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Re: [XP] user story on prototyping

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  • David Carlton
    ... Well, okay. It is possible in some contexts to pin down a term to have a specific meaning. For example, I used to be a professional mathematician, and
    Message 1 of 66 , Sep 8, 2009
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      On Tue, Sep 8, 2009 at 12:42 PM, davenicolette <dnicolet@...> wrote:

      > --- In extremeprogramming@yahoogroups.com, David Carlton <carlton@...>
      > wrote:
      > > On Tue, Sep 8, 2009 at 12:14 PM, davenicolette <dnicolet@...> wrote:
      >
      > > > So...does it enhance communication when words can have multiple
      > meanings?
      > > >
      > >
      > > Words do have multiple meanings,
      >
      > Yes.
      >
      > > it's not really a choice?
      >
      > Maybe.
      >

      Well, okay. It is possible in some contexts to pin down a term to have a
      specific meaning. For example, I used to be a professional mathematician,
      and mathematicians put in a lot of work making it clear exactly what certain
      words mean in certain contexts. So I know that, if I read the word "ring"
      in certain books, it means a specific sort of algebraic structure rather
      than, for example, the wedding band on my finger or the place where a boxing
      match happens.

      But turning general concepts into specific jargon is a _lot_ of work. Just
      getting trained to work with these specific definitions is a big investment,
      and these definitions have to be renewed periodically. For example, I'm
      fairly sure that even these days different math books use "ring" to mean
      slightly different concepts. (So a book might say early on something like
      "for the purpose of this book 'ring' means 'commutative ring'", trusting the
      latter term to be well-enough defined because of course the reader has read
      dozens of other books defining the latter.)

      This is one reason why we spend so much time on acceptance tests - that's
      one way of pinning down exactly what we mean by terms in one local context,
      of turning a vague concept understood differently by different people into a
      specific, narrow piece of jargon that we can all agree on. Or, to take a
      less formal approach, I can imagine having a shared glossary on a project -
      I've seen that work well in books that use terms in specific ways, possibly
      ways that they expect to be a surprise to a reader.

      I thought Michael Bolton's blog post on a checking/testing distinction was
      really interesting. So, now that I've seen that distinction, I wouldn't
      want to give it up. But I also wouldn't expect that, if I started using the
      word "testing" or "checking" in his sense that other people would have any
      clue what I was talking about, unless I took care to mark it as jargon and
      went out of my way to explain it. And I haven't made up my mind yet whether
      using the jargon testing/checking for that distinction is the best choice of
      words or not.

      --
      David Carlton
      carlton@...


      [Non-text portions of this message have been removed]
    • Keith Ray
      I ll repeat an old msg I wrote about Peopleware: I just checked: Peopleware says that programmers spend 50% of their time collaborating with one other
      Message 66 of 66 , Sep 29, 2009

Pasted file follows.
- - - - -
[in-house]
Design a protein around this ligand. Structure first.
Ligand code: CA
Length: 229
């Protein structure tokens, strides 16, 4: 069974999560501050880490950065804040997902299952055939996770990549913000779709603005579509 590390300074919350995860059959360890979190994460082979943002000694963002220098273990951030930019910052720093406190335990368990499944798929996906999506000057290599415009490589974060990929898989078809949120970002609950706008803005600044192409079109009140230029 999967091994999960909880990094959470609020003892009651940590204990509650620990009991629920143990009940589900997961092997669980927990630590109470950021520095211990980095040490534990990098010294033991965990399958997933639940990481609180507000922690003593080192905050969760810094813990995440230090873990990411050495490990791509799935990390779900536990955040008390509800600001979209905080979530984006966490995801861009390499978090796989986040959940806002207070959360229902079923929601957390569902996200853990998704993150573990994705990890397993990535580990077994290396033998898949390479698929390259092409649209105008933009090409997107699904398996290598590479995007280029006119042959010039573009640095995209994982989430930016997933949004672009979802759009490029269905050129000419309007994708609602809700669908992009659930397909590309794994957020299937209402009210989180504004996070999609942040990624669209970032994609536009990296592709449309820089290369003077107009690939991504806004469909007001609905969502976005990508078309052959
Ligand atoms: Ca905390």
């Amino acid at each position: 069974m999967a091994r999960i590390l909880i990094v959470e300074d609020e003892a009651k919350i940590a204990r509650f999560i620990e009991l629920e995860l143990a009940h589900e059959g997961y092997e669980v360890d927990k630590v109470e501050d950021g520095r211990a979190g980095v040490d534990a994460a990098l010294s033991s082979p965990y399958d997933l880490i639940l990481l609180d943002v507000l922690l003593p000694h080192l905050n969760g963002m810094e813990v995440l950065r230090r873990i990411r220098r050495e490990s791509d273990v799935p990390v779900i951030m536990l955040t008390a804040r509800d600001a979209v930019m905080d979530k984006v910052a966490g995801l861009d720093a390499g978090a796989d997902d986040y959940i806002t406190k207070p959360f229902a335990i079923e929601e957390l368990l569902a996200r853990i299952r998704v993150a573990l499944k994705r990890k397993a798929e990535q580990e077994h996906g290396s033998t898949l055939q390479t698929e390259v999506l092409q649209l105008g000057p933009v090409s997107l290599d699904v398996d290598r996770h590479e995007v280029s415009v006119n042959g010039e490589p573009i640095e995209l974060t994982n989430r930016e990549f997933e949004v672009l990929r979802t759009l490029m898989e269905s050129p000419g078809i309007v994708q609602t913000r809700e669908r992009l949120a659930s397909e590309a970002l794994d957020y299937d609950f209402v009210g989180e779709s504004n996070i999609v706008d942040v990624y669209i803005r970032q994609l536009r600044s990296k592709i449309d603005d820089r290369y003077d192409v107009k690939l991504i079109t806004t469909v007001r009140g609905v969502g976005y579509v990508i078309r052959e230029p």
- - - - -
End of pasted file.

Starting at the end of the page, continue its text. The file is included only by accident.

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        I'll repeat an old msg I wrote about Peopleware:

        I just checked: "Peopleware" says that programmers spend 50% of their
        time collaborating with one other person, and 20% of their time
        working with two or more other persons -- right there on page 62 of
        the second edition. That's 70% of the time collaborating with one or
        more people. Way before pair programming was formalized.

        30% of the time are people "noise sensitive" to quote the book.

        The authors (at that time) believed that the state of "flow" was a
        solitary one, and necessary for sustained thinking and programming.
        The book seems to equate non-solitary with "interruptions".

        Pair programming allows "shared flow". And, as eating in any busy
        restaurant will demonstrate - talking with one other person
        effectively enables you to filter out the speech of everyone else.

        However, to some extent, I think "flow" may be over-rated: in that
        state a solo programmer can generate reams of code without noticing
        duplication or other code smells / design flaws. TDD helps make it
        solo coding better by making you alternate between creating and
        critiquing - but having another perspective provided by a partner
        provide more effective critiques.


        On Tue, Sep 8, 2009 at 3:09 PM, Ricardo Mayerhofer
        <ricardo.ekm.listas@...> wrote:
        > I'd like to see your opinion about this. TDM writes in peopleware about
        > flow, a immersion time dedicated to the work itself. He also argues how
        > interruptions are bad to productivity and proposes teams to watch how
        > many hours they can work uniterrupted. So my question is: Do still think
        > this is a good advice? How this relates to pair programming? Is it
        > possible to be in flow when pair programming?
        > How about collaborative environment? Considering that in a collaborative
        > enviroment, many times you are interrupted to help people to accomplish
        > their work.
        >
        >
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        --
        C. Keith Ray, IXP Coach, Industrial Logic, Inc.
        http://industriallogic.com 866-540-8336 (toll free)
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